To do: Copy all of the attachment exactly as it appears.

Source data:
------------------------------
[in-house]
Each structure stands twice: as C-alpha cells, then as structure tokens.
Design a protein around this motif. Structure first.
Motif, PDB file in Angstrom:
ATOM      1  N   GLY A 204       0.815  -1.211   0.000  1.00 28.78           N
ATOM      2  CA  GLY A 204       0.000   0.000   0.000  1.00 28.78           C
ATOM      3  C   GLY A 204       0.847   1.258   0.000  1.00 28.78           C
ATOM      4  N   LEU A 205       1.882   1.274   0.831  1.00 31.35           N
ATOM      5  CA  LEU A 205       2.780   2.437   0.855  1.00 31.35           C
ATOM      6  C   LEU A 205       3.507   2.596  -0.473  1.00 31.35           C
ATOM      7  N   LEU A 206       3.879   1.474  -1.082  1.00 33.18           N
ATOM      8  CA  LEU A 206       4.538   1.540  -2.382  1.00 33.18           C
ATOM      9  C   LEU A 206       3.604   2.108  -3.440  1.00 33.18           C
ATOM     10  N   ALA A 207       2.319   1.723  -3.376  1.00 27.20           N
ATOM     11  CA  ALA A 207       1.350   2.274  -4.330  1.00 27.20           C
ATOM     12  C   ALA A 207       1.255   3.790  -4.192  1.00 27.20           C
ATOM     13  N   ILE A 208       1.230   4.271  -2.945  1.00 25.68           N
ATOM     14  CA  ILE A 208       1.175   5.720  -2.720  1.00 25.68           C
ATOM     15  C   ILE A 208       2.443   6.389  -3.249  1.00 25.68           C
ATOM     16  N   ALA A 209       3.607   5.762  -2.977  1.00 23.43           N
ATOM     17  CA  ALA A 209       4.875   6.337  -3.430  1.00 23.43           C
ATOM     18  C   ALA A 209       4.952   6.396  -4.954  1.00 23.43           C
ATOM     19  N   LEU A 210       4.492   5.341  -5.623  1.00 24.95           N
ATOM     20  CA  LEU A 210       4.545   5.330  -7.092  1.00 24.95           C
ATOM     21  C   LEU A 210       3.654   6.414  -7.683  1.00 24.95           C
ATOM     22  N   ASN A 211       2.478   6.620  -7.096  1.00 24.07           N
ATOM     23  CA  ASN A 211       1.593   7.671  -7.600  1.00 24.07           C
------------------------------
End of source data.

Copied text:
[in-house]
Each structure stands twice: as C-alpha cells, then as structure tokens.
Design a protein around this motif. Structure first.
Motif, PDB file in Angstrom:
ATOM      1  N   GLY A 204       0.815  -1.211   0.000  1.00 28.78           N
ATOM      2  CA  GLY A 204       0.000   0.000   0.000  1.00 28.78           C
ATOM      3  C   GLY A 204       0.847   1.258   0.000  1.00 28.78           C
ATOM      4  N   LEU A 205       1.882   1.274   0.831  1.00 31.35           N
ATOM      5  CA  LEU A 205       2.780   2.437   0.855  1.00 31.35           C
ATOM      6  C   LEU A 205       3.507   2.596  -0.473  1.00 31.35           C
ATOM      7  N   LEU A 206       3.879   1.474  -1.082  1.00 33.18           N
ATOM      8  CA  LEU A 206       4.538   1.540  -2.382  1.00 33.18           C
ATOM      9  C   LEU A 206       3.604   2.108  -3.440  1.00 33.18           C
ATOM     10  N   ALA A 207       2.319   1.723  -3.376  1.00 27.20           N
ATOM     11  CA  ALA A 207       1.350   2.274  -4.330  1.00 27.20           C
ATOM     12  C   ALA A 207       1.255   3.790  -4.192  1.00 27.20           C
ATOM     13  N   ILE A 208       1.230   4.271  -2.945  1.00 25.68           N
ATOM     14  CA  ILE A 208       1.175   5.720  -2.720  1.00 25.68           C
ATOM     15  C   ILE A 208       2.443   6.389  -3.249  1.00 25.68           C
ATOM     16  N   ALA A 209       3.607   5.762  -2.977  1.00 23.43           N
ATOM     17  CA  ALA A 209       4.875   6.337  -3.430  1.00 23.43           C
ATOM     18  C   ALA A 209       4.952   6.396  -4.954  1.00 23.43           C
ATOM     19  N   LEU A 210       4.492   5.341  -5.623  1.00 24.95           N
ATOM     20  CA  LEU A 210       4.545   5.330  -7.092  1.00 24.95           C
ATOM     21  C   LEU A 210       3.654   6.414  -7.683  1.00 24.95           C
ATOM     22  N   ASN A 211       2.478   6.620  -7.096  1.00 24.07           N
ATOM     23  CA  ASN A 211       1.593   7.671  -7.600  1.00 24.07           C